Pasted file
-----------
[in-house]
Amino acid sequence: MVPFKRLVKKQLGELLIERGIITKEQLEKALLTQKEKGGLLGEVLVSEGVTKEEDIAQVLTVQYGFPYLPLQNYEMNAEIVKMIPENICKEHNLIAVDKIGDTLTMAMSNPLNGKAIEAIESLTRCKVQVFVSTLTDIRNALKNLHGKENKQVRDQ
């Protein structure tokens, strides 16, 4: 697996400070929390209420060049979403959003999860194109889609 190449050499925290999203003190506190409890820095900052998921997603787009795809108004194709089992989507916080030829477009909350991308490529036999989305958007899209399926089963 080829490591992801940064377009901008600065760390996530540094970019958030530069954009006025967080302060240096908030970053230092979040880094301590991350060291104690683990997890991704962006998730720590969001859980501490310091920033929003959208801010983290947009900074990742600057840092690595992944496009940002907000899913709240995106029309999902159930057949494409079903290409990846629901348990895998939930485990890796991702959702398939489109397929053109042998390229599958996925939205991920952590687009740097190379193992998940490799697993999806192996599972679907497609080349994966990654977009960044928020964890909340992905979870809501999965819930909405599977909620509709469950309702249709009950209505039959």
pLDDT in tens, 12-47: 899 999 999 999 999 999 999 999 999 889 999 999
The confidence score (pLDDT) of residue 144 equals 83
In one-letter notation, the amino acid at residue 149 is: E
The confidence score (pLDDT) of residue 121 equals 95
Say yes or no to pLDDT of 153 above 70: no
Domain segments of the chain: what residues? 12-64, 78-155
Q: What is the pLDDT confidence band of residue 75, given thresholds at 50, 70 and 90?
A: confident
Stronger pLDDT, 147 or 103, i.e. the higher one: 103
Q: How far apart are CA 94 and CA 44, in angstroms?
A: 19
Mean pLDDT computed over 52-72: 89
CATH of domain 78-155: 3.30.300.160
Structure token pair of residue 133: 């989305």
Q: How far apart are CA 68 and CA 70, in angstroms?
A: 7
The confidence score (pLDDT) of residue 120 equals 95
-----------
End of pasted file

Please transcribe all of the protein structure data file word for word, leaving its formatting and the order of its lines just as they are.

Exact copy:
[in-house]
Amino acid sequence: MVPFKRLVKKQLGELLIERGIITKEQLEKALLTQKEKGGLLGEVLVSEGVTKEEDIAQVLTVQYGFPYLPLQNYEMNAEIVKMIPENICKEHNLIAVDKIGDTLTMAMSNPLNGKAIEAIESLTRCKVQVFVSTLTDIRNALKNLHGKENKQVRDQ
């Protein structure tokens, strides 16, 4: 697996400070929390209420060049979403959003999860194109889609 190449050499925290999203003190506190409890820095900052998921997603787009795809108004194709089992989507916080030829477009909350991308490529036999989305958007899209399926089963 080829490591992801940064377009901008600065760390996530540094970019958030530069954009006025967080302060240096908030970053230092979040880094301590991350060291104690683990997890991704962006998730720590969001859980501490310091920033929003959208801010983290947009900074990742600057840092690595992944496009940002907000899913709240995106029309999902159930057949494409079903290409990846629901348990895998939930485990890796991702959702398939489109397929053109042998390229599958996925939205991920952590687009740097190379193992998940490799697993999806192996599972679907497609080349994966990654977009960044928020964890909340992905979870809501999965819930909405599977909620509709469950309702249709009950209505039959």
pLDDT in tens, 12-47: 899 999 999 999 999 999 999 999 999 889 999 999
The confidence score (pLDDT) of residue 144 equals 83
In one-letter notation, the amino acid at residue 149 is: E
The confidence score (pLDDT) of residue 121 equals 95
Say yes or no to pLDDT of 153 above 70: no
Domain segments of the chain: what residues? 12-64, 78-155
Q: What is the pLDDT confidence band of residue 75, given thresholds at 50, 70 and 90?
A: confident
Stronger pLDDT, 147 or 103, i.e. the higher one: 103
Q: How far apart are CA 94 and CA 44, in angstroms?
A: 19
Mean pLDDT computed over 52-72: 89
CATH of domain 78-155: 3.30.300.160
Structure token pair of residue 133: 């989305």
Q: How far apart are CA 68 and CA 70, in angstroms?
A: 7
The confidence score (pLDDT) of residue 120 equals 95